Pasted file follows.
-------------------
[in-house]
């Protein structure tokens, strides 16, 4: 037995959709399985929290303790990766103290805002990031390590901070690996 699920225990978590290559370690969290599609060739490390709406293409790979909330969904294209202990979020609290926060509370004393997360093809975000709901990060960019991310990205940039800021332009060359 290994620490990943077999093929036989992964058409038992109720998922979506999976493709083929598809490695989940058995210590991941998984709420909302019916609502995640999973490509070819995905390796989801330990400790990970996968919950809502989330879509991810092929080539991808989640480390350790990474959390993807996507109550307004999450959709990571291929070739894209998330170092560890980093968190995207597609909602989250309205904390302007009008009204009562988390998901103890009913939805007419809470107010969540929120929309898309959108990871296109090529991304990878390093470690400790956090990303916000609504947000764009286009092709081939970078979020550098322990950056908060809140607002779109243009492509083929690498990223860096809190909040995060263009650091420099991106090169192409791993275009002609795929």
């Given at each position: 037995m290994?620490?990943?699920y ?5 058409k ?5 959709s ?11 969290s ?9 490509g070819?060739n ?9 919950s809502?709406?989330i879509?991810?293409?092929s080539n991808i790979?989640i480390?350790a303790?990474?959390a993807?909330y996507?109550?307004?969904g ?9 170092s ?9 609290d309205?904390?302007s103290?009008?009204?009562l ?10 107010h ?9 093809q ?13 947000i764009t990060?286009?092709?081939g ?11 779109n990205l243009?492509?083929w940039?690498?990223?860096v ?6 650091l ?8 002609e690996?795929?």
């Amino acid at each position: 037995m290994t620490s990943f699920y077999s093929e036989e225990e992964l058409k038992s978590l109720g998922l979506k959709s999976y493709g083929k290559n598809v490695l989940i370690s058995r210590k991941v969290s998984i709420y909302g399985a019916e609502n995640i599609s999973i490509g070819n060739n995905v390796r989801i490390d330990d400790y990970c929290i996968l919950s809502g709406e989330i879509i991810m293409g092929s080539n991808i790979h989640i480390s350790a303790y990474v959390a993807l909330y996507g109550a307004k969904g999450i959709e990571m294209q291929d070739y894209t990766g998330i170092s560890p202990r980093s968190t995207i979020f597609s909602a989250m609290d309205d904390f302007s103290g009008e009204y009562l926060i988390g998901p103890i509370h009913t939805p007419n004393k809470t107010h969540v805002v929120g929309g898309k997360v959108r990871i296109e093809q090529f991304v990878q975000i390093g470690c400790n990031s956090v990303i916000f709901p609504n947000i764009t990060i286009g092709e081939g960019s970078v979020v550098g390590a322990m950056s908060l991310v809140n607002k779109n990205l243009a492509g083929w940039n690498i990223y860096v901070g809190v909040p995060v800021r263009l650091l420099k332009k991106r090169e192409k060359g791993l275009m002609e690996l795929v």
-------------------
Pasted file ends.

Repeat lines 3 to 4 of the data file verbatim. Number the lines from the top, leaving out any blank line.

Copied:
């Given at each position: 037995m290994?620490?990943?699920y ?5 058409k ?5 959709s ?11 969290s ?9 490509g070819?060739n ?9 919950s809502?709406?989330i879509?991810?293409?092929s080539n991808i790979?989640i480390?350790a303790?990474?959390a993807?909330y996507?109550?307004?969904g ?9 170092s ?9 609290d309205?904390?302007s103290?009008?009204?009562l ?10 107010h ?9 093809q ?13 947000i764009t990060?286009?092709?081939g ?11 779109n990205l243009?492509?083929w940039?690498?990223?860096v ?6 650091l ?8 002609e690996?795929?």
């Amino acid at each position: 037995m290994t620490s990943f699920y077999s093929e036989e225990e992964l058409k038992s978590l109720g998922l979506k959709s999976y493709g083929k290559n598809v490695l989940i370690s058995r210590k991941v969290s998984i709420y909302g399985a019916e609502n995640i599609s999973i490509g070819n060739n995905v390796r989801i490390d330990d400790y990970c929290i996968l919950s809502g709406e989330i879509i991810m293409g092929s080539n991808i790979h989640i480390s350790a303790y990474v959390a993807l909330y996507g109550a307004k969904g999450i959709e990571m294209q291929d070739y894209t990766g998330i170092s560890p202990r980093s968190t995207i979020f597609s909602a989250m609290d309205d904390f302007s103290g009008e009204y009562l926060i988390g998901p103890i509370h009913t939805p007419n004393k809470t107010h969540v805002v929120g929309g898309k997360v959108r990871i296109e093809q090529f991304v990878q975000i390093g470690c400790n990031s956090v990303i916000f709901p609504n947000i764009t990060i286009g092709e081939g960019s970078v979020v550098g390590a322990m950056s908060l991310v809140n607002k779109n990205l243009a492509g083929w940039n690498i990223y860096v901070g809190v909040p995060v800021r263009l650091l420099k332009k991106r090169e192409k060359g791993l275009m002609e690996l795929v």